It has frankly been amazing to see the torrent of love Bryan Singer’s Bohemian Rhapsody has received from the award bodies and people in general. While it is no surprise that there are Queen and Freddie Mercury fans out there, it is surprising that they were willing to overlook, so, so many problems in this film.
In a way, the film is comparable to a superhero film in how the brand name alone can get people to fill cinema halls. But, despite Rami Malek’s magnetic performance there is absolutely little else to find enjoyable about this biopic.
While Malek manages to capture the essence of Mercury and woo us in every scene, there is not a single another supporting cast member who holds their own. Lucy Boynton’s Mary comes close, but she is not given much material to work within the first place.
It feels like there is no soul in Bohemian Rhapsody and Malek, as brilliant as he is, can only do so much to keep this sinking ship afloat.
The musical numbers in this film are also livened up by Malek who struts around the stage with Mercury’s signature commanding presence leading to some truly standout moments. But there isn’t enough of that to save this ridiculously lousy musical film.
Bohemian Rhapsody is a study in what constitutes a bad biographical film. It is a fact universally known that a person’s perception of the world and the things he does are biased from their own point of view, and so, when making a true to life documentary or feature film directors and writers are careful to explore more than just one school of thought on each and every issue when trying to give a fair and honest narrative.
That whole idea is thrown out of the window by Brian May and the other members of Queen who go to great lengths to rewrite history and make Mercury the bad guy, painting themselves in a positive light even though the way certain events transpire in the film are entirely fabricated. The core element of truth is missing from Bohemian Rhapsody because of the amount of creative powers bestowed.
Other than Rami Malek’s magnetic performance there is absolutely little else to find enjoyable about this biopic.
The result is a film with an almost unabashedly skewed version of events that detail Mercury’s trajectory from a baggage handler at an airport to the lead singer of the biggest band in the world. Riddled with inconsistencies and shaped by Bryan Singer who left the project halfway through filming, Bohemian Rhapsody is easily one of the worst films to come out in 2018.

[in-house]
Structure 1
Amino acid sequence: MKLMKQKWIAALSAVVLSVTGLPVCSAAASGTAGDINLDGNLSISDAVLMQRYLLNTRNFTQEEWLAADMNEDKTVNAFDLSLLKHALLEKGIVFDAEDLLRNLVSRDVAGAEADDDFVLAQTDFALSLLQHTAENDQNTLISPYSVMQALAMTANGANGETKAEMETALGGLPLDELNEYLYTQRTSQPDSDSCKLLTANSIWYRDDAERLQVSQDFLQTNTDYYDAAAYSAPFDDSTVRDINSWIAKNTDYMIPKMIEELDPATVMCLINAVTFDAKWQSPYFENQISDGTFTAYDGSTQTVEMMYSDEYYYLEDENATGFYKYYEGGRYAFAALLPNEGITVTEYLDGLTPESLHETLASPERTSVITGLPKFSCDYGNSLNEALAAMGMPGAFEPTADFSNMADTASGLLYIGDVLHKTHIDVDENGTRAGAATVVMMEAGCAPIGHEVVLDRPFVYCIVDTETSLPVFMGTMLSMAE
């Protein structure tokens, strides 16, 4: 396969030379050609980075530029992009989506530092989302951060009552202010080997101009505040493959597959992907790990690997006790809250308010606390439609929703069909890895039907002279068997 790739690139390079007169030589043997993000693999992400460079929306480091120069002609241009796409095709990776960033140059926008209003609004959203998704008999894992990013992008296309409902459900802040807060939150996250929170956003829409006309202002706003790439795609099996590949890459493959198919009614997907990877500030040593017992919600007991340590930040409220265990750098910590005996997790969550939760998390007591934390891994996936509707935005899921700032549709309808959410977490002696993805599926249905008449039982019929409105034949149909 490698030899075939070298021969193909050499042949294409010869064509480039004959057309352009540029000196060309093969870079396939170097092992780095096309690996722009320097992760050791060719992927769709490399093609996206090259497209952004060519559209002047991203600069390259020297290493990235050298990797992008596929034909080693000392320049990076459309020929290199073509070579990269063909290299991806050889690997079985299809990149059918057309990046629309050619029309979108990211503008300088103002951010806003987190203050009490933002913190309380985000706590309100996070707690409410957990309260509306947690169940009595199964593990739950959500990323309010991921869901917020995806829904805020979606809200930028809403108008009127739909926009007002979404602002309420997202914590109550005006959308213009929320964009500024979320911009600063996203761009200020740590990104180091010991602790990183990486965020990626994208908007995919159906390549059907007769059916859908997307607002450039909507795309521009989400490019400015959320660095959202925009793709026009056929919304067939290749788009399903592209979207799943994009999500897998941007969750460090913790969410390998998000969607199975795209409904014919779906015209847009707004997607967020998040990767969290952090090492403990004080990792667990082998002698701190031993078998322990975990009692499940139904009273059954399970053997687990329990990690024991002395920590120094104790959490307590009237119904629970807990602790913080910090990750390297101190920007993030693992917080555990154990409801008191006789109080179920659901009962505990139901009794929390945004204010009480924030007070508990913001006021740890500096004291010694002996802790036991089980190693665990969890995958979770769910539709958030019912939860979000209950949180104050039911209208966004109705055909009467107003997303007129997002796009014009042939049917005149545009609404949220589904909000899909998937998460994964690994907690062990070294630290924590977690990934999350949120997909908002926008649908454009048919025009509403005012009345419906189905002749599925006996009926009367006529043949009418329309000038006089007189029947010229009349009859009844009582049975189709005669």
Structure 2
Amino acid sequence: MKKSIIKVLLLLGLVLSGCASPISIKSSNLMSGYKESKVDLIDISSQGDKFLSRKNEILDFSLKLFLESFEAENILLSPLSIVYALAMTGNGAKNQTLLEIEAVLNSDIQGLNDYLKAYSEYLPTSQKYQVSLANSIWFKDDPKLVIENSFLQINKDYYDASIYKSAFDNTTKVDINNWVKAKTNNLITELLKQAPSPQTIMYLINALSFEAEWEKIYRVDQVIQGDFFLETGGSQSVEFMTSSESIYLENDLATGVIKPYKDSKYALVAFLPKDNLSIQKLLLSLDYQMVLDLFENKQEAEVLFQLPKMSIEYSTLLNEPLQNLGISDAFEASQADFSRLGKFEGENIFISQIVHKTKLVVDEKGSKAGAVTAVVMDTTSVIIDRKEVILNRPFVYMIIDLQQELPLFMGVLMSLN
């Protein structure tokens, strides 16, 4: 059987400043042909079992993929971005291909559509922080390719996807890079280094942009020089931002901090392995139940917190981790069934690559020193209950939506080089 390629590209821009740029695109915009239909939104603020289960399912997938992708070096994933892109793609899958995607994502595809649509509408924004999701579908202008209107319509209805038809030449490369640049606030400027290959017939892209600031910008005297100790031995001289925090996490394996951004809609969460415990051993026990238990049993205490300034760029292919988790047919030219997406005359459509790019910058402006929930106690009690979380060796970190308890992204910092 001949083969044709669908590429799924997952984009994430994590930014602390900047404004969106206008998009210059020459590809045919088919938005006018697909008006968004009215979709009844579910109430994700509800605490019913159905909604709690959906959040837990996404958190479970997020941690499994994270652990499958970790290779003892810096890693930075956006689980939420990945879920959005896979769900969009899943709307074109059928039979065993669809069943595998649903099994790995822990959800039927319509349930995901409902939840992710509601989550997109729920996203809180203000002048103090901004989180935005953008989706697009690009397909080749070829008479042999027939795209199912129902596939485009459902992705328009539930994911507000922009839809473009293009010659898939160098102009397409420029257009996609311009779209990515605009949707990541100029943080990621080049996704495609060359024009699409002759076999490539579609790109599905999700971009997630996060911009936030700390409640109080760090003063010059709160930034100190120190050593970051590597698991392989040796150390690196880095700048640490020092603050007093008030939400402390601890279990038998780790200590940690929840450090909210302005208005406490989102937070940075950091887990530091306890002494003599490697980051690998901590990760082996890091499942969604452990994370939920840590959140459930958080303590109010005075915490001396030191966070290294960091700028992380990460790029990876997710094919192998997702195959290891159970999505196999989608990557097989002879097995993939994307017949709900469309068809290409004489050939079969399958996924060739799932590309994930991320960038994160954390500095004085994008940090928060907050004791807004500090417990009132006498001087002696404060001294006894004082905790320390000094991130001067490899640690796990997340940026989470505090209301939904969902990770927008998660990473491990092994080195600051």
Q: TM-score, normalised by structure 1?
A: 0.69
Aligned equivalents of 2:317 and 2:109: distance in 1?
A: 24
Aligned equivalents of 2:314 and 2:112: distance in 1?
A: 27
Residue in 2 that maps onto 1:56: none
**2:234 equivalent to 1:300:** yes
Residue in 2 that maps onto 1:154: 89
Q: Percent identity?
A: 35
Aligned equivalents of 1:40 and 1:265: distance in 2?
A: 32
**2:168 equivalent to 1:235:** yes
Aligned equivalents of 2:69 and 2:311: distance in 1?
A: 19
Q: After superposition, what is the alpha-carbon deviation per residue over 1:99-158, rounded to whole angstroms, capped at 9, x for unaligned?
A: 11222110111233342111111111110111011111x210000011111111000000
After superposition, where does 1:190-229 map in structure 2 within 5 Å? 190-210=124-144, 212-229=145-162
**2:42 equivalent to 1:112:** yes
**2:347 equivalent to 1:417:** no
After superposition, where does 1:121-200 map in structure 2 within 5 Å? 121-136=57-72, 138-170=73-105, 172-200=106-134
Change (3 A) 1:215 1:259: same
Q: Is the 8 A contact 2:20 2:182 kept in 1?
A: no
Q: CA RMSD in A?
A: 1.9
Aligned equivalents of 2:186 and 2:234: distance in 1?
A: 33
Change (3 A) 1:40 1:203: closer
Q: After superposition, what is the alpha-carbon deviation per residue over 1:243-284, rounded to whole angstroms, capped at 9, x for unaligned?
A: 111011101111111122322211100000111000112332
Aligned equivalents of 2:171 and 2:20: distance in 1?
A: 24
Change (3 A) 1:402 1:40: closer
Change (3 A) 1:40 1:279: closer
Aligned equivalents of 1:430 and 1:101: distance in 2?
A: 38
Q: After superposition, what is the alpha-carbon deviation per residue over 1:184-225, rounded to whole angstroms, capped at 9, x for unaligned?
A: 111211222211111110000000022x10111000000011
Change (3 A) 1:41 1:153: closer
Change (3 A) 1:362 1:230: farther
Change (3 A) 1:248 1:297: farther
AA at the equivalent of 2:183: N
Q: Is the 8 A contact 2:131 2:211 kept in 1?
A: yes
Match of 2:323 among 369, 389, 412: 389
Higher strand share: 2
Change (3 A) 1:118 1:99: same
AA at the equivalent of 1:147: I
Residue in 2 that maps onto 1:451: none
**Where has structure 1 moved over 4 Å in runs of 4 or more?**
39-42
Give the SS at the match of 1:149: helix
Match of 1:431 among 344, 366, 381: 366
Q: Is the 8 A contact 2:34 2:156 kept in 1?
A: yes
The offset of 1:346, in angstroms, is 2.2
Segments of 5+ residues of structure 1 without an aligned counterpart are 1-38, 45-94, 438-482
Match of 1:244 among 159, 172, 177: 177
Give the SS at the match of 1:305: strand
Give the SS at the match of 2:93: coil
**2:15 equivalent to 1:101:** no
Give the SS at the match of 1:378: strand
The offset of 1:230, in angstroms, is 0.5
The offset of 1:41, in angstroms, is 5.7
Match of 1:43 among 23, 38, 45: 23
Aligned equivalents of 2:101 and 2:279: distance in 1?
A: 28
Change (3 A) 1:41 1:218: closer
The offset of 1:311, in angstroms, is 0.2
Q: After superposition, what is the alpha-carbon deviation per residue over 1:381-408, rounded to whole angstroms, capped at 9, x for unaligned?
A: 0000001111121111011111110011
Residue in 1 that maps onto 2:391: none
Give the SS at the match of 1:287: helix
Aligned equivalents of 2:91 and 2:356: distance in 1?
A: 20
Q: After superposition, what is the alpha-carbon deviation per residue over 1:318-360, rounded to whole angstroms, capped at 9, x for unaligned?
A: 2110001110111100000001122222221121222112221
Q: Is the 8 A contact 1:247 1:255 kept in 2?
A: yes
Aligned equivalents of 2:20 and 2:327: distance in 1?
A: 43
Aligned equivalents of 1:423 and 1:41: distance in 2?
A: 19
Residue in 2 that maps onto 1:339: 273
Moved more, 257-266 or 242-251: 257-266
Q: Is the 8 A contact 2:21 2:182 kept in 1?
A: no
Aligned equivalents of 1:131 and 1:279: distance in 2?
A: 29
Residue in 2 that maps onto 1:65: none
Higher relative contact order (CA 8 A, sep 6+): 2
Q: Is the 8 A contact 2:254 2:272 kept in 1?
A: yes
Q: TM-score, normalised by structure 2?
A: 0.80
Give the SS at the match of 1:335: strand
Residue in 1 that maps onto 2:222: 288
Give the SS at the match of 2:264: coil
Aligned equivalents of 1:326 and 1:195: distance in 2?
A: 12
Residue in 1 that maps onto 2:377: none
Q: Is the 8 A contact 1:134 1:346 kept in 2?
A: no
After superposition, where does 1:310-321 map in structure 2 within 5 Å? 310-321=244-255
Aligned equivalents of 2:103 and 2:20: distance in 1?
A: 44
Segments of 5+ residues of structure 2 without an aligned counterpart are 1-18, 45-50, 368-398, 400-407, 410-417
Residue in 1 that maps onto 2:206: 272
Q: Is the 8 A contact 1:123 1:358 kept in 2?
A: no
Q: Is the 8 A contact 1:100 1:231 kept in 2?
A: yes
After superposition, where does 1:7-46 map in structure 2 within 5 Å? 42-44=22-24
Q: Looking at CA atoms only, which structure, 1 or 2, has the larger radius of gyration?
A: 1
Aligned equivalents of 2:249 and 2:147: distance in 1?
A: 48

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There have been numerous biographical films that have verged on being entirely fictional, but the good among them at least managed to be entertaining. Bohemian Rhapsody is not entertaining but what is shocking, especially in the wake of its many awards wins (including the Best Drama win at the Golden Globes as well as Best Actor, Best Sound Editing and Best Sound Mixing at the Academy Awards), is what an incompetent movie it is.
Bohemian Rhapsody is a study in what constitutes a bad biographical film
With Suicide Squad-level bad editing, a storyline that is clichéd and a script doesn’t give room for any other person to have a character let alone be multidimensional, Bohemian Rhapsody’s hackneyed approach to sexuality and race also leaves a bad taste in your mouth.
It is not enough that the film shows us that Mercury is ashamed of his Indian heritage, the film wants us to know how hard he works on changing his identity but does not deem it important to provide a nuanced narrative of why someone in that time period would prefer being white over brown.
The mere fact that Bohemian Rhapsody has become the highest-grossing biopic of all time is mind-boggling given that the many discrepancies in the movie from reality prove to be so distracting. There is a great deal of irony in the fact that one of the most charismatic rock stars of all time gets a film as banal as this.
While we can excuse the TV show-level direction to behind the scenes turmoil, there is no clear reason why Anthony McCarten’s screenplay is so inept in showing the inner transformation of Mercury as well as establishing any other character properly.
Ultimately it feels like there is no soul in Bohemian Rhapsody and Malek, as brilliant as he is, can only do so much to keep this sinking ship afloat. Bohemian Rhapsody is great for what it did for Rami Malek’s career, whose Best Actor Oscar really is well earned, but those looking for a film that does right by Mercury will have to wait.